Northam says rights restored to over 10K previously convicted felons


RICHMOND, Va. (WAVY) — Gov. Ralph Northam on Tuesday announced that during his term rights have been restored to more than 10,000 Virginians who were previously convicted of a felony.

Those people will again have rights including the right to vote, serve on a jury and run for public office. Virginia’s rights restoration process does not restore someone’s right to possess a firearm, according to the Office of the Governor.

“I believe in second chances and making our Commonwealth more open and accessible to all,”  Northam said in a statement Tuesday. “Virginians who have repaid their debts should be able to return to society, get a good job, and participate in our democracy.”

Secretary of the Commonwealth Kelly Thomasson said, “I am proud to have worked with two governors to improve the rights restoration process—making it easier for individuals to have a second chance and move forward with their lives.”

Three governors have worked to restore civil rights over the last six years, beginning with Governor Bob McDonnell. Northam’s predecessor, Terry McAuliffe, signed restoration orders on more than 173,000 individuals before he left office in 2018. McAuliffe touted the restoration of civil rights to felons as his “proudest moment.” 

Paul Woodell of Portsmouth is one of them. “I’m just glad we’re finally doing it,” he told

Woodell said he made a mistake when he was 18 years old. He did drugs, fell asleep inside a business and was convicted of breaking and entering.

He did 90 days in jail, but was denied the right to vote for decades. That is something that really bothered him. “I think I’ve already served my time, you know, it’s something that’s held against me.”

Woodell says he’s voted twice now, but has friends who still can’t.

Many states now automatically reinstate rights after time served.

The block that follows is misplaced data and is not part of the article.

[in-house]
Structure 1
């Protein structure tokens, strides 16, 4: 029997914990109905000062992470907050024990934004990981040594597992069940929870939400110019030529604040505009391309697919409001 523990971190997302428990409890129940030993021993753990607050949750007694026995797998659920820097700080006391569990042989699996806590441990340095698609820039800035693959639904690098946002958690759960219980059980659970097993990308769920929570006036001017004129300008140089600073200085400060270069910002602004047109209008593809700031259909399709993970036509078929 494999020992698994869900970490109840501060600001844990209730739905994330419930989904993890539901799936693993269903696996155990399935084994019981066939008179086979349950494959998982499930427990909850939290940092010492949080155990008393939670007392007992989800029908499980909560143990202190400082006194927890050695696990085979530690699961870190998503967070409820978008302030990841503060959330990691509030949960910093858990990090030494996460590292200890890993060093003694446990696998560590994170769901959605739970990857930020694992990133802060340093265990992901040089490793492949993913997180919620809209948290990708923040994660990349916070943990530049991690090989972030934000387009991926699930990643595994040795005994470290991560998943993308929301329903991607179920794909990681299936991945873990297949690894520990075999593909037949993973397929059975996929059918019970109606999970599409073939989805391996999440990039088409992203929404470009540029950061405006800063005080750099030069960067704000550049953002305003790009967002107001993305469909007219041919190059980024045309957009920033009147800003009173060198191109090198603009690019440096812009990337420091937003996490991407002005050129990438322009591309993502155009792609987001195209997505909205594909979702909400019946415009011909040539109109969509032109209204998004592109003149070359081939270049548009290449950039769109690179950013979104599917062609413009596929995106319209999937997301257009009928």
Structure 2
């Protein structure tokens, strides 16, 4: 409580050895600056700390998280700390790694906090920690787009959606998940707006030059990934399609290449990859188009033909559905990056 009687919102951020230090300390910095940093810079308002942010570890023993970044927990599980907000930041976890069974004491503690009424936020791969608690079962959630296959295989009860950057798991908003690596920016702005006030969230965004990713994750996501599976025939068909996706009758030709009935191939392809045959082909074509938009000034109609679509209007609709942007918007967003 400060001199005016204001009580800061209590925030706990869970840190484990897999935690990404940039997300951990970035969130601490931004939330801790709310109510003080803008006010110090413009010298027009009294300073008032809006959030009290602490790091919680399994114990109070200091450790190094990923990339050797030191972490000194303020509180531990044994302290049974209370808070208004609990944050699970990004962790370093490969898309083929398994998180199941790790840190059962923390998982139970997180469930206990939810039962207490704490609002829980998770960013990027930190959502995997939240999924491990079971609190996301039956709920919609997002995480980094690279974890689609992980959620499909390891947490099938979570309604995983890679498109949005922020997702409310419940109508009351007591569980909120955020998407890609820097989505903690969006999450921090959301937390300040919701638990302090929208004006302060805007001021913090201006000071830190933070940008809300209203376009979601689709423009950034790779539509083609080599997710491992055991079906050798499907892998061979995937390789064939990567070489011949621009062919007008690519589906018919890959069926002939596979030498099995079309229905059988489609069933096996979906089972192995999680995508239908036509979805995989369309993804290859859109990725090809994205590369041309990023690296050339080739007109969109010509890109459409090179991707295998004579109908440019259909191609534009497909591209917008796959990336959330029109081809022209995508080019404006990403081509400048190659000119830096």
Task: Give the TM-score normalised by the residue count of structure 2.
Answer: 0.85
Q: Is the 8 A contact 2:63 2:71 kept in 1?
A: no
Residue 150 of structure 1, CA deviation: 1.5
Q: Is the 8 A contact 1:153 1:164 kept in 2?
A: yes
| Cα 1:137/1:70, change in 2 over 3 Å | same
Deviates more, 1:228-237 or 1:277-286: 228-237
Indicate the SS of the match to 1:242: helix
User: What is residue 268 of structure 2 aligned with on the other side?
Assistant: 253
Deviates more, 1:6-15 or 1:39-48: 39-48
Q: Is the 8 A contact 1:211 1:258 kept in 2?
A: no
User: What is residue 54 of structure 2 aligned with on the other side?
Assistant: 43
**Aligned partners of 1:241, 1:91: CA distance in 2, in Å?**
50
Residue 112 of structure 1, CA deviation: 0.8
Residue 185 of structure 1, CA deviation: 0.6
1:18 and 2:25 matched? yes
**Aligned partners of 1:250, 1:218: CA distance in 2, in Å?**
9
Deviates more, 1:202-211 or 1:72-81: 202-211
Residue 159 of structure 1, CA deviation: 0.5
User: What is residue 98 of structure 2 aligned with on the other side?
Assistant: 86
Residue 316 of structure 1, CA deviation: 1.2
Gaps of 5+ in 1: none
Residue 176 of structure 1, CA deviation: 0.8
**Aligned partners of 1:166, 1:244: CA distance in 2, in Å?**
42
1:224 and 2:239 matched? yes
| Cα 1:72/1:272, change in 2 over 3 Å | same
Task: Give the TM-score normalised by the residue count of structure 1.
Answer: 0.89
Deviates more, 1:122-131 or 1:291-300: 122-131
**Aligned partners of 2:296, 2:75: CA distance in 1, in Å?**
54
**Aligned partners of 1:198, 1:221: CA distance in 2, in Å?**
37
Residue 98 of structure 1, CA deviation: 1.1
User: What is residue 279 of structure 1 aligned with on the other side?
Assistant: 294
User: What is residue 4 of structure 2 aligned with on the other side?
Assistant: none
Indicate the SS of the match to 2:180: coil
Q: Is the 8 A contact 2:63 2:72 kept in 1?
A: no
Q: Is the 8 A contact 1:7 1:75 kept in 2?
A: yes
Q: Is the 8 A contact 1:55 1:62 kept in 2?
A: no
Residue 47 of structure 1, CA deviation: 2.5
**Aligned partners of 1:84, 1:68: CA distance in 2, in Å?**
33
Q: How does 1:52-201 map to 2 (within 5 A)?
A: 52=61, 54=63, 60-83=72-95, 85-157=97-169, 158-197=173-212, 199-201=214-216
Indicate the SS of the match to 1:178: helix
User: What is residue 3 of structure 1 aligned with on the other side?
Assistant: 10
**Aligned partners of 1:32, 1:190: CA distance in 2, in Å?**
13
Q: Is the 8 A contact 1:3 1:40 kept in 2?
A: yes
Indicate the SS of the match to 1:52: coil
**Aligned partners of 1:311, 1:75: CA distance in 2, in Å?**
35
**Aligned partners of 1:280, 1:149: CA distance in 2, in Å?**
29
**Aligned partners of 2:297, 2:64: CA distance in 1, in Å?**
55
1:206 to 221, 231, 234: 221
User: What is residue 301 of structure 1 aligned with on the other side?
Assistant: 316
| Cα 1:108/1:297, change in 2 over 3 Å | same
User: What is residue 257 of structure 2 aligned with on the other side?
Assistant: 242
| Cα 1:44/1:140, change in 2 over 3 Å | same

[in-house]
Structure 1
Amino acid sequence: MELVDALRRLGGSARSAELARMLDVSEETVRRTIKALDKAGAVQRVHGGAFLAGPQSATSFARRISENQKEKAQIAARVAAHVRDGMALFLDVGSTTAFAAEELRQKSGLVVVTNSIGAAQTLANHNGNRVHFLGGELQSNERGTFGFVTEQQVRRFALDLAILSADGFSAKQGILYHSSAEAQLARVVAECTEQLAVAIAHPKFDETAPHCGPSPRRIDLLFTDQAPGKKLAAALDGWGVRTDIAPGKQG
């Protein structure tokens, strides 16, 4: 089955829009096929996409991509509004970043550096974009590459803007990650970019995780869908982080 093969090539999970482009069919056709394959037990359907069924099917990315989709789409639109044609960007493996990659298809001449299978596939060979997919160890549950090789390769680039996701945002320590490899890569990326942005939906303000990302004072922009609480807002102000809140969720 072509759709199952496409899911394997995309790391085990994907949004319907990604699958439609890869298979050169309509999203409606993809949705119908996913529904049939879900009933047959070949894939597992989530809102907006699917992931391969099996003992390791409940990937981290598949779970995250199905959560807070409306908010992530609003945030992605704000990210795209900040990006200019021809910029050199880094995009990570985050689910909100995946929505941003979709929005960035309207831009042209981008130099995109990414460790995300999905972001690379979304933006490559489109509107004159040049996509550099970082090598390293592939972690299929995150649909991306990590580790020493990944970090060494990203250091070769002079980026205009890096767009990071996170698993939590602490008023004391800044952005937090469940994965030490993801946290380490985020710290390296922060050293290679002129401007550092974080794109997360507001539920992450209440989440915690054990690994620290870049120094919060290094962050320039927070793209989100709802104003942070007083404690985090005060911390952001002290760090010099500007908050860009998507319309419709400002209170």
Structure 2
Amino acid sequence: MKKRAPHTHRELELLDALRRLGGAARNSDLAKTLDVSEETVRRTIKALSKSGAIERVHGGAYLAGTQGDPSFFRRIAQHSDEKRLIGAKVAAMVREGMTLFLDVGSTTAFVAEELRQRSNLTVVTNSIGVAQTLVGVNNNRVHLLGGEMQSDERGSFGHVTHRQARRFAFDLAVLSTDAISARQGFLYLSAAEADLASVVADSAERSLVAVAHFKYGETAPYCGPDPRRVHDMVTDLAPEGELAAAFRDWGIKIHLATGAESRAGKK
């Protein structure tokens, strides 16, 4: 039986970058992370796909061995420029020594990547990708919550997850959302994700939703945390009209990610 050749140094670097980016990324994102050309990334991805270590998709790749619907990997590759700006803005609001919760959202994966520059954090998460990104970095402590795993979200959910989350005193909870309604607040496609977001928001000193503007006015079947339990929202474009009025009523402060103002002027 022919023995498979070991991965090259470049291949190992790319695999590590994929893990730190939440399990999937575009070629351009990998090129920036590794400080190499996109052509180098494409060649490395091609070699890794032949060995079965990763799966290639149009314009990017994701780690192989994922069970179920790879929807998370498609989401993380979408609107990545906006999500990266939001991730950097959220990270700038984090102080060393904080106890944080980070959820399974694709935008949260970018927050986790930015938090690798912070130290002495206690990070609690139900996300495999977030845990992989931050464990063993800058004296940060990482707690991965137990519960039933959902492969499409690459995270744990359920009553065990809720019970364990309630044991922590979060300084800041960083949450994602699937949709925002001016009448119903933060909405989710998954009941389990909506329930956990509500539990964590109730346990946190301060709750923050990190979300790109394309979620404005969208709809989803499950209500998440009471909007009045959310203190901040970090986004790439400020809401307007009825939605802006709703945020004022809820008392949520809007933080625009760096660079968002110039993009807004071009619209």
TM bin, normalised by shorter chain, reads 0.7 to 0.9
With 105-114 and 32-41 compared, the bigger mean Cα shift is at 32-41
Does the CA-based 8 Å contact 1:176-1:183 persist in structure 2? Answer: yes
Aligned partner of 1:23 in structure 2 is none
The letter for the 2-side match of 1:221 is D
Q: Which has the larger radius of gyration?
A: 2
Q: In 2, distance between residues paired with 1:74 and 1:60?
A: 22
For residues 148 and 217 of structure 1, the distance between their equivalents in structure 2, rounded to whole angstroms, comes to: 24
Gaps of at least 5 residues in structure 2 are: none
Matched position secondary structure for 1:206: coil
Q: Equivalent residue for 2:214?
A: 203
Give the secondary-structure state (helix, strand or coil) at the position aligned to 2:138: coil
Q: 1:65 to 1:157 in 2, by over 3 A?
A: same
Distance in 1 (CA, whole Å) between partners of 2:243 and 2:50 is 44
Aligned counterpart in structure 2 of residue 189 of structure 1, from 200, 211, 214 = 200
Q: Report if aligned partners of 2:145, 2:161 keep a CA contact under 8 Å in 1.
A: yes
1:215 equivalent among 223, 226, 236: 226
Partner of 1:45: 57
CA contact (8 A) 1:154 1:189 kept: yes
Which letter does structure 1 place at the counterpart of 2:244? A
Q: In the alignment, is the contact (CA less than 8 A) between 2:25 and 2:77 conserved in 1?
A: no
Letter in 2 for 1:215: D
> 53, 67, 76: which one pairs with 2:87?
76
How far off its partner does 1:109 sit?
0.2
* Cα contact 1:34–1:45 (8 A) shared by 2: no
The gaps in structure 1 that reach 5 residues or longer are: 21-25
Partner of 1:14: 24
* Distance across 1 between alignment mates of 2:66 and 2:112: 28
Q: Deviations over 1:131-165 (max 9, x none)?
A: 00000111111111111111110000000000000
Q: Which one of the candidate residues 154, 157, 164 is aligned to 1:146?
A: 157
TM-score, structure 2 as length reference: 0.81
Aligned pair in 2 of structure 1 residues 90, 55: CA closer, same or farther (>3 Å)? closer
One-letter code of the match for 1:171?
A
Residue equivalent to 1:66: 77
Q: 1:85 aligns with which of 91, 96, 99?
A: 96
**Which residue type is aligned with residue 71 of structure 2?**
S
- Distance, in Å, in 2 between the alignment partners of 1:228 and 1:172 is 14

Virginia is one of three states whose constitution permanently disenfranchises citizens with past felony conviction, and only allows restoration of voting rights by the governor.

The American Civil Liberties Union of Virginia says African Americans are disproportionately impacted by the law.

Senators Mamie Locke and Louise Lucas from Hampton Roads introduced resloutions this year to allow felons to vote again without the governor having to restore the right.

The measure failed in committee.

Tuesday’s announcement comes as he and two other top elected officials in Virginia — Lt. Gov. Justin Fairfax and Attorney General Mark Herring — have faced widespread calls of resignation over the past couple of weeks.

The Associated Press reports the clamor for the resignation of Northam and Justin Fairfax seemed to die down on Monday. Some black community leaders have forgiven Northam over the blackface furor and called for a fair hearing for Fairfax on the sexual assault allegations against him.

Several black clergy and civic leaders made clear they are willing to give both Northam and Herring a second chance, while urging due process for Fairfax. Herring, like Northam, has admitted putting on blackface in the 1980s.

The Associated Press contributed to this story.

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